‘I’ll help you buck the drink’, she said, ‘but I’ll have no filthy trappers here. We’ll manage ourselves to rid us of the vermin. I’ll not do the dirty on my brother, neither. He’s a pig-headed upstart for sure, because he’s young, but he’s not a crook like those Clarkes and Connells are.’
So Charlie went cold-sober. Ann watched him throughout the day and night. For five days she kept one eye on the bar, the other one on her old man, to see that he did not fall into his whisky sipping habits once again.
Within twenty-four hours he began to shake; it looked like a fever, he was starting at last to convulse: ‘I’ve caught something bad, it’s rattling my body to the bones, my lovely Ann.’
She watched in anguish her husband’s body shaking like a rattlesnake, his chest rising and falling, deep rasping sounds emitted as from a drowning throat.
‘I’ll call the doctor, Charlie, hold on there: Whoa!’
By the time the doctor arrived on his black horse, the patient was about to succumbe, his body giving one last terrible tremor and shake before sinking into the stillness of death, his mask a mixture of relief and shocked surprise that Old Man Death had taken him when he was cold bleeding sober.
Ann let out an awful scream, then sobbed, her legs crumpling beneath her, her head falling onto his now sunken chest.
‘He’s dead from the tremors’, the doctor proclaimed, dropping the dead man’s wrist. ‘His heart’s given out. From over-indulgence in spirits, no less, I presume.’ And he scribbled the words “delerium tremors” on his doctor’s pad.
Ann had a sense that she might have killed him out of kindness, but she had no time to worry about such quivering sensitivities, there being a pub to run, and a family of eleven to support. And there were plenty of those ready, in her hour of need, to step in and take the place of her Charlie, who would take some hard-won secrets to the grave.
Charles Henry, at the time, was a healthy, strapping, yet sensitive sort of lad with a secret need to be loved. When his mother remarried Tom Gleeson the gaoler, it was rumoured that the latter had helped Tom Clarke, the bushranger escape from his cell, not long before the ring-leader and his mates were finally hanged for their murderous deeds. At school Charlie II was teased: ‘Son of dirty convicts, lovers of crooks and slit-throats! No-good family, die in hell!’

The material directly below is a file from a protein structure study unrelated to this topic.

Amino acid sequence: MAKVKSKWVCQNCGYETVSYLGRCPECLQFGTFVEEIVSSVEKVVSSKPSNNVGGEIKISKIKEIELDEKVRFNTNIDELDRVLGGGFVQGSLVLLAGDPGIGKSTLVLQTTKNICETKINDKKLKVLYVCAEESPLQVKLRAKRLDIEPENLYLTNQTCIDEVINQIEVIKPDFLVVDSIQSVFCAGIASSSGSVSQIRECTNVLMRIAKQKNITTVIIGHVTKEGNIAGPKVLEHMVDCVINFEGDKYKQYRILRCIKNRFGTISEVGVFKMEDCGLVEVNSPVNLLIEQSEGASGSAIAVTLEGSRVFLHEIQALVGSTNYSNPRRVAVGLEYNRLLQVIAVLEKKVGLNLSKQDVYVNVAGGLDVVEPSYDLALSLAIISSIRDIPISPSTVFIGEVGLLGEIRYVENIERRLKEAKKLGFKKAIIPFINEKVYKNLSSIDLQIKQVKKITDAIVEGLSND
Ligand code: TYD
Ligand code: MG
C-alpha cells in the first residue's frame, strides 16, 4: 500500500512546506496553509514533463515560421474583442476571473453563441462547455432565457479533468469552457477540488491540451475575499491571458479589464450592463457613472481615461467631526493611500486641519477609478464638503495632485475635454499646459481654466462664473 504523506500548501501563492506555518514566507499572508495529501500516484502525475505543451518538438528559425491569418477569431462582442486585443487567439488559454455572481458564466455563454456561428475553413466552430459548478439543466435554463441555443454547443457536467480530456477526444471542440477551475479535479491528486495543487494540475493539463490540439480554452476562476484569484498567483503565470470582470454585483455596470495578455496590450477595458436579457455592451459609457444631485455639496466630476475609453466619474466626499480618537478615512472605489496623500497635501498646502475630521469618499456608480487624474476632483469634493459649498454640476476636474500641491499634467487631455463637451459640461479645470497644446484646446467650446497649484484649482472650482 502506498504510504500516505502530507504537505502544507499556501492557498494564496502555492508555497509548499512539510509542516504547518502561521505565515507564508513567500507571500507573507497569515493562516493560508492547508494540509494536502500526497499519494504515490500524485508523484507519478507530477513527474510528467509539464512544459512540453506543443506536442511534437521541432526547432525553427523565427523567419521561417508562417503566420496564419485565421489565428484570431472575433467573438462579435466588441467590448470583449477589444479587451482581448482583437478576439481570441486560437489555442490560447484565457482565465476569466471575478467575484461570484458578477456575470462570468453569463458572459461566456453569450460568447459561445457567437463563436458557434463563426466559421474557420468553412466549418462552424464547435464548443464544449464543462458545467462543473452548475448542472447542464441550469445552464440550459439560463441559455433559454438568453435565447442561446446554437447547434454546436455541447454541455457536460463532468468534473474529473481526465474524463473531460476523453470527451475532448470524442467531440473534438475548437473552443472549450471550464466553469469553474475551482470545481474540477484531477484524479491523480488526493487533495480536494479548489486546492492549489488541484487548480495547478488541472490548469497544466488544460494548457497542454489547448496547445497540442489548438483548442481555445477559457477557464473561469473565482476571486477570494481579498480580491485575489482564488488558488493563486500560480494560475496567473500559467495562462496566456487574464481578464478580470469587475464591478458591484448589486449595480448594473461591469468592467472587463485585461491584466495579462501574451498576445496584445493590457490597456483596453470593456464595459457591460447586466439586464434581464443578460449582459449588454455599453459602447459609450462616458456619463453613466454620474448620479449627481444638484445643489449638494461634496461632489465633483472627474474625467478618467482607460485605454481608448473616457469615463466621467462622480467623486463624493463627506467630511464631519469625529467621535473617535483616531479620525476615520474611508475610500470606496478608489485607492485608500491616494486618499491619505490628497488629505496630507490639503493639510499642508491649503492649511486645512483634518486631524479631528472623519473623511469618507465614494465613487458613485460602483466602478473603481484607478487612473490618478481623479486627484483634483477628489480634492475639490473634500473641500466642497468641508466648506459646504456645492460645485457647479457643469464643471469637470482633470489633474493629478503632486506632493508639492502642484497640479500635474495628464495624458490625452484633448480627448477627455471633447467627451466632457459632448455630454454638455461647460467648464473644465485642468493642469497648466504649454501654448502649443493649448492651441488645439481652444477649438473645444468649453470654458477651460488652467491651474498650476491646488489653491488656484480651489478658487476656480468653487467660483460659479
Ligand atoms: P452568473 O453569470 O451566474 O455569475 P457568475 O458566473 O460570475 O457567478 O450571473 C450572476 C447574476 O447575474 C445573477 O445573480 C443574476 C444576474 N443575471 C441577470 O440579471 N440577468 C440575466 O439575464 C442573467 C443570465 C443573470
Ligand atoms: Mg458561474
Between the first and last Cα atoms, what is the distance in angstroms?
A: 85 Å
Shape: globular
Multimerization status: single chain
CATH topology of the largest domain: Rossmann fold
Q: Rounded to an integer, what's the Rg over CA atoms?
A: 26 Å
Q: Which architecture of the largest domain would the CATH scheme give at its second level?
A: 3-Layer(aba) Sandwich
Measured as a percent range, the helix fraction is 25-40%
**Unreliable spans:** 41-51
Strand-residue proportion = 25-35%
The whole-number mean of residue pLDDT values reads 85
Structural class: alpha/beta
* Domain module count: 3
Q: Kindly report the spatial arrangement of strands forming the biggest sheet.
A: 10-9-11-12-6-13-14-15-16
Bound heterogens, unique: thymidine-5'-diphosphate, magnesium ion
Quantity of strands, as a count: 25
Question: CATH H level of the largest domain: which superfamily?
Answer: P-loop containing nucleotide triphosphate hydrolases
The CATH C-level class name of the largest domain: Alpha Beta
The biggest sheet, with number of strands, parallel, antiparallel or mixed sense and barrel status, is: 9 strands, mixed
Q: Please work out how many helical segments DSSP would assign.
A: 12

‘The kids are pickin’ on me in the playground, Mumma!’  His mother did her best to protect him: ‘Your grandfather Hickey is a good man, a rebel, that’s all, who tried to provide for his family in hard times, back in Ireland. Same for your step-Dadda, too. An honest man, Tom Gleeson. Without a blemish to his name. As was your father, may his soul rest in peace. In heaven where it belongs.’ And she crossed herself at these words.
Later on, through connections in his mother’s pub, Charlie II, of a more sober disposition and look to his late father, heard of the rich coastal plains of the far north coast of the colony, and decided to move to the Clarence Valley, as far away as possible from his place of origin.
‘Let’s get the hell out of here, Jimmy’, he said to his brother.  ‘We can do farming up there where the soil’s good and rich.’
The two brothers met two sisters in South Grafton, Charlie settling down on a dairy farm on the South bank, the other becoming a publican.
One of their younger sisters married into the Braidwood bushranger family, said by many to be the bloodiest ones.
It was this connection with the bushrangers that would ultimately tear the Walker family apart, with the two adult offspring, one of them my direct ancestor, fleeing their hometown.
And this is how my grandfather, Charles Herbert Murphy, whom I missed out on meeting by a mere six years, came to live and to procreate in the Clarence Valley.
Charlie III, like his grandfather before him, died young, succumbing in his early fifties. He had the chest weakness, and started to fade quickly, propped up in bed on pillows filled with the husks from the home-grown corn, gasping for breath.
Grandma heard the tell-tale rattle of death approaching, and fell on her knees at his bedside, threw her head on his chest and, with great sobs emitted from deep within her breast, begged him: ‘Please, Charlie, don’t go, don’t leave us, here alone. We need you close by here with us.’
‘Geez, Mary mer love’, he wheezed through her sobs, seeking her plump hand with his weakened one, bringing it to his blue lips, and gulping for air like a fish out of water. ‘Look after the little one.’
Then he seemed to crumple, the wind leaving him like a deflated brown paper bag, and he died in his fifties, as if his destiny had been fulfilled, along with his wife’s dried-up fertility.


charles walker grave from anne skyvington on Vimeo.